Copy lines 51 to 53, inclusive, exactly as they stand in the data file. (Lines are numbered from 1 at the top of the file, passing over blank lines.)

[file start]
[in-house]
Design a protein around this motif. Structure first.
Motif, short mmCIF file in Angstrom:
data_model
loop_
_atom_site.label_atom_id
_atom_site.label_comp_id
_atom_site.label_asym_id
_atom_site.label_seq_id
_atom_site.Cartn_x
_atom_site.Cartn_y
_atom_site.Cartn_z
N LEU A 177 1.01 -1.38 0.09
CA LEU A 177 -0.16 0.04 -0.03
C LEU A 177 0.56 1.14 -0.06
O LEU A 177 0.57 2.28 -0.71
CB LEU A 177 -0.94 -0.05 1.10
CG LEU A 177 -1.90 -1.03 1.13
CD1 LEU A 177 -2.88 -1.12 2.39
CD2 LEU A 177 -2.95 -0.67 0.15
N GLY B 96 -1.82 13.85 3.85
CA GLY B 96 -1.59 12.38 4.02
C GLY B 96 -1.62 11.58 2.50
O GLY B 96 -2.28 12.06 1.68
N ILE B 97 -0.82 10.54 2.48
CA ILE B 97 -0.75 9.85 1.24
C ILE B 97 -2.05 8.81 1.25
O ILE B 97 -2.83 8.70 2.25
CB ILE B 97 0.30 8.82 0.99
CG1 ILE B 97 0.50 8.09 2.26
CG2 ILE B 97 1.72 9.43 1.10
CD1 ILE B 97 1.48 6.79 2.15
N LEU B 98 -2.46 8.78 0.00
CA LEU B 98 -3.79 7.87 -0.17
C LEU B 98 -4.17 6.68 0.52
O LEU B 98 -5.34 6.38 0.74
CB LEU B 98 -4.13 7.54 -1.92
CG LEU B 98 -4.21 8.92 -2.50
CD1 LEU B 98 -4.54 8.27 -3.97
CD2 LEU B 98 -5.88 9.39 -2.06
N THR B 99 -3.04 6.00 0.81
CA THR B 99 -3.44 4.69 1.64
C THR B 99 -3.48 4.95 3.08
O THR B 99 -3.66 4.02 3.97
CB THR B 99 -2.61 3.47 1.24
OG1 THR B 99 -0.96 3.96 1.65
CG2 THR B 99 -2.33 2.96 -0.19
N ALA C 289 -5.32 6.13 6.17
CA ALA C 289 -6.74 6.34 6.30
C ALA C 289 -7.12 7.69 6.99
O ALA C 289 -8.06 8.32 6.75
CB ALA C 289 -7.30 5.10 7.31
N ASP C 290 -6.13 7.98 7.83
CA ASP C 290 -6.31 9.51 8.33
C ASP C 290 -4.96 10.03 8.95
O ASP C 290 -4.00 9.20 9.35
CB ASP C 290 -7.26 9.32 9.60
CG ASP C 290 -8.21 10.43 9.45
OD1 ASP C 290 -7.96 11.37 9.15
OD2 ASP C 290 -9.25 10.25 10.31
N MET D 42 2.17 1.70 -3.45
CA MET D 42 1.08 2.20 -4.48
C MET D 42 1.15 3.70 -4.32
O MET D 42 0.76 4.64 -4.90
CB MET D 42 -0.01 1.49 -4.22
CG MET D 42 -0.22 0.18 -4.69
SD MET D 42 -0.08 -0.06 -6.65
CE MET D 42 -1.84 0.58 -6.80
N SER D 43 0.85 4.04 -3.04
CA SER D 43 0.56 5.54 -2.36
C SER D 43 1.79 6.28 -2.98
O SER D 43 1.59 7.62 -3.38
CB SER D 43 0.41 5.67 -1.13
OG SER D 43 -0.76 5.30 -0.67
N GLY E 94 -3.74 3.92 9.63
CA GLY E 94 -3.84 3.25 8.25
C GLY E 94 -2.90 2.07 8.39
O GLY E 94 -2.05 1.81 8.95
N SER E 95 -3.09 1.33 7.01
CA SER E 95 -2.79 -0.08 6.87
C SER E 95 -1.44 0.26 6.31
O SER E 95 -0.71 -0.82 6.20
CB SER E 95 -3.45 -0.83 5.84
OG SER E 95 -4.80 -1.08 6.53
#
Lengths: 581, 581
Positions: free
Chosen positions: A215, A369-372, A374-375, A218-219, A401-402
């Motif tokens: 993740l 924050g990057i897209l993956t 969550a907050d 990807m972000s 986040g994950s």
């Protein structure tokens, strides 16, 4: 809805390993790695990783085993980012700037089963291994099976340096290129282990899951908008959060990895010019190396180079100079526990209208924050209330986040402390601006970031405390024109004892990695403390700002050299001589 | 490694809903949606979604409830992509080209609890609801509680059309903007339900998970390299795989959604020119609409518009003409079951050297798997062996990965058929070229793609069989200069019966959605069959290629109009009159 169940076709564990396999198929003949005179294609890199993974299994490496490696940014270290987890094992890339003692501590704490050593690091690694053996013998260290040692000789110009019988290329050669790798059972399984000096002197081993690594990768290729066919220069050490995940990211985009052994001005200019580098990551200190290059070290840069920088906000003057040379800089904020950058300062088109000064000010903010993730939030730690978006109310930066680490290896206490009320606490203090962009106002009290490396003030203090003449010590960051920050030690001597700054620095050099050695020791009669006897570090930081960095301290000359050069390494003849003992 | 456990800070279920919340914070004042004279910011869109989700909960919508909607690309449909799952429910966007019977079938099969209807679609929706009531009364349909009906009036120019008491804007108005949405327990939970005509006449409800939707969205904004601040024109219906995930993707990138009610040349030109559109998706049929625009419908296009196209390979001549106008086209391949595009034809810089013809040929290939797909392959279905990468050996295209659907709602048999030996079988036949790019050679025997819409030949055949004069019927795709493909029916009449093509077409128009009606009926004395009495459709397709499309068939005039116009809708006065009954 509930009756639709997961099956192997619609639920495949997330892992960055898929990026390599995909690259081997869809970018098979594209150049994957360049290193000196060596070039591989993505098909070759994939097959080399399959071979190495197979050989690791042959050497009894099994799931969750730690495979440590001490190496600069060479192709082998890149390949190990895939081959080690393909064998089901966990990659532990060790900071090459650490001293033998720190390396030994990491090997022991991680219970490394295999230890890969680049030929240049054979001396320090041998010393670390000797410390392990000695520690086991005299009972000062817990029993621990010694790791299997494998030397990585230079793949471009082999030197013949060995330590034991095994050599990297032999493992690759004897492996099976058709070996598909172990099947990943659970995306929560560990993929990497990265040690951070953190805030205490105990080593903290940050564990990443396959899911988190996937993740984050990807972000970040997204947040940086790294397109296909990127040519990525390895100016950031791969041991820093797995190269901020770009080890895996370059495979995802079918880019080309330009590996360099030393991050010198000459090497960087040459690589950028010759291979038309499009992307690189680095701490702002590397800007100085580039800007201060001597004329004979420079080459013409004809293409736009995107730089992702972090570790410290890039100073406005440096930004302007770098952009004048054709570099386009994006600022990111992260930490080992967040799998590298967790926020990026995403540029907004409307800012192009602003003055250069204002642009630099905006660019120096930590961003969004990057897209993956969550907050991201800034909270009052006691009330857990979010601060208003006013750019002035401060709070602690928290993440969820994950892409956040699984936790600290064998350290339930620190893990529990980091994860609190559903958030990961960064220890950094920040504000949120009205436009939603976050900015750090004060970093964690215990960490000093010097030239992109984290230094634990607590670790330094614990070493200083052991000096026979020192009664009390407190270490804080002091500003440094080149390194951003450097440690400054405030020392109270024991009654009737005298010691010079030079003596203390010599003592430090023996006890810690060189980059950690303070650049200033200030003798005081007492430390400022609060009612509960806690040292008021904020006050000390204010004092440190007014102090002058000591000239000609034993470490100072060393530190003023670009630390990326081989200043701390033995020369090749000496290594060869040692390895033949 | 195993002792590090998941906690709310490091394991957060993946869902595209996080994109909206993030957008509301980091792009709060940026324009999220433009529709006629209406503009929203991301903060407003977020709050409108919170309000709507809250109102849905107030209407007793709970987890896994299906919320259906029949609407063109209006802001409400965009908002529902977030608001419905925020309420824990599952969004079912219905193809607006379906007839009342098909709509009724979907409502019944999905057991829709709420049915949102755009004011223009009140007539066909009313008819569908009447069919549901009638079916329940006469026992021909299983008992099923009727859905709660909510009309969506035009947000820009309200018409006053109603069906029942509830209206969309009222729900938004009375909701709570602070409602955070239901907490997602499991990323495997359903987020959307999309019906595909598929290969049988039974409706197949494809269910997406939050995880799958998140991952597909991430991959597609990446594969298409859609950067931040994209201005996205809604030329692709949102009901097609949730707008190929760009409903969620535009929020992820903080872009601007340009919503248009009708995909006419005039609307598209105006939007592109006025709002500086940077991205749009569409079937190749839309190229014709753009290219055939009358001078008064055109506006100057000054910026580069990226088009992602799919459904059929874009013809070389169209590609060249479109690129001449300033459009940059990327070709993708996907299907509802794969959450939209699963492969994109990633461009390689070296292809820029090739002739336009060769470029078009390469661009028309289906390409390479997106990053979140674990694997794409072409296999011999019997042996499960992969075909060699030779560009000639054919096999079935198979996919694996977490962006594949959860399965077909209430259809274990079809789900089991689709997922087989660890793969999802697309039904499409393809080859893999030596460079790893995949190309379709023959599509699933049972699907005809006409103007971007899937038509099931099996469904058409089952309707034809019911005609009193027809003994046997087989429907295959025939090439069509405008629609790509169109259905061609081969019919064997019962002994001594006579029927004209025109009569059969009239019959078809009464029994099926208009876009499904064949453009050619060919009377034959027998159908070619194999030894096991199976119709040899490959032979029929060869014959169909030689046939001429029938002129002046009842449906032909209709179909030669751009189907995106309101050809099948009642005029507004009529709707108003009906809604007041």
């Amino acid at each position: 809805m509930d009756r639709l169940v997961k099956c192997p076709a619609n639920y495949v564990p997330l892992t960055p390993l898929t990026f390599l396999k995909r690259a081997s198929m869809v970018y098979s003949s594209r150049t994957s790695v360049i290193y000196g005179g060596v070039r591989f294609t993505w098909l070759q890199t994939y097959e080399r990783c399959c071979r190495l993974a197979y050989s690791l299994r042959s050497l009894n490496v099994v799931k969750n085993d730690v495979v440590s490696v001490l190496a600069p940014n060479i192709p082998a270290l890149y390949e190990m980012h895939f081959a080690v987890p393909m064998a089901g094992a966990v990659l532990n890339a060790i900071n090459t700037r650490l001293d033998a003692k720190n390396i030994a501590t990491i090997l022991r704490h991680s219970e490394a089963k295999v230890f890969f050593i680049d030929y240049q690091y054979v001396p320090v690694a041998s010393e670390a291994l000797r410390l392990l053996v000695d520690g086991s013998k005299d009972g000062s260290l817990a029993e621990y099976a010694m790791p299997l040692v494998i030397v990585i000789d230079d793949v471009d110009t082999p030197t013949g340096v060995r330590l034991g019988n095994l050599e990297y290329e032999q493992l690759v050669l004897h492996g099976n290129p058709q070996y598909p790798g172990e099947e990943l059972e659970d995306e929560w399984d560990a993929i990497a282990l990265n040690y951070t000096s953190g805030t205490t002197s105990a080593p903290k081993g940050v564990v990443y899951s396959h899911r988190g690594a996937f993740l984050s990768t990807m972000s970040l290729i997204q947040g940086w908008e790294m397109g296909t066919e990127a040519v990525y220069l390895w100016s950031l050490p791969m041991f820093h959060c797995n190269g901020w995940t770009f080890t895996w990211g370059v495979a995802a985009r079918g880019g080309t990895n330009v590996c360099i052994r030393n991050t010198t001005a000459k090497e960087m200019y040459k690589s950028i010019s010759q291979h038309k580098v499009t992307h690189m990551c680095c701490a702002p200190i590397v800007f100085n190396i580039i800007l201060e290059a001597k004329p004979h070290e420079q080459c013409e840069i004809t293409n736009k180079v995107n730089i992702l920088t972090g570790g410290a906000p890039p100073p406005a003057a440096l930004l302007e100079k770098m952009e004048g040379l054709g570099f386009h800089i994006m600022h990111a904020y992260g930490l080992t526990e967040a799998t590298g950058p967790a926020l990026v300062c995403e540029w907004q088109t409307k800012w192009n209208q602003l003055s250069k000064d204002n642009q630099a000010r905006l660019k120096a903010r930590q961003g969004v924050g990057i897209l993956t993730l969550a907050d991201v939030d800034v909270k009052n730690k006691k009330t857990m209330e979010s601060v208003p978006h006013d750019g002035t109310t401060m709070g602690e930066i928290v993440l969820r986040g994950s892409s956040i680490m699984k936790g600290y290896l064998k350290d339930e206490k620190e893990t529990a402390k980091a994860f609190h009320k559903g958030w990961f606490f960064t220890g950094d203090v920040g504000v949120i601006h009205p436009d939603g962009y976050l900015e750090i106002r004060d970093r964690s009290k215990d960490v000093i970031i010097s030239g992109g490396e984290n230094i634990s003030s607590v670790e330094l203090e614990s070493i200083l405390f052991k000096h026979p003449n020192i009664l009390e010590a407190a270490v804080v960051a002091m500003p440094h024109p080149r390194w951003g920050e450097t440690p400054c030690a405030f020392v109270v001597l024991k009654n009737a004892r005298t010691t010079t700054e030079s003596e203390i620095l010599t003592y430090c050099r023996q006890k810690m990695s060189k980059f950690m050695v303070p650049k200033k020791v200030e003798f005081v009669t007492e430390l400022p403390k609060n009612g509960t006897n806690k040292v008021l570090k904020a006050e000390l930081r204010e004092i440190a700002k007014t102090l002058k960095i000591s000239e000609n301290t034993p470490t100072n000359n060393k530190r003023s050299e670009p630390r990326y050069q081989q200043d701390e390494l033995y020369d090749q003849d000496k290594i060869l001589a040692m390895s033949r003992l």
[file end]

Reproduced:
O ALA C 289 -8.06 8.32 6.75
CB ALA C 289 -7.30 5.10 7.31
N ASP C 290 -6.13 7.98 7.83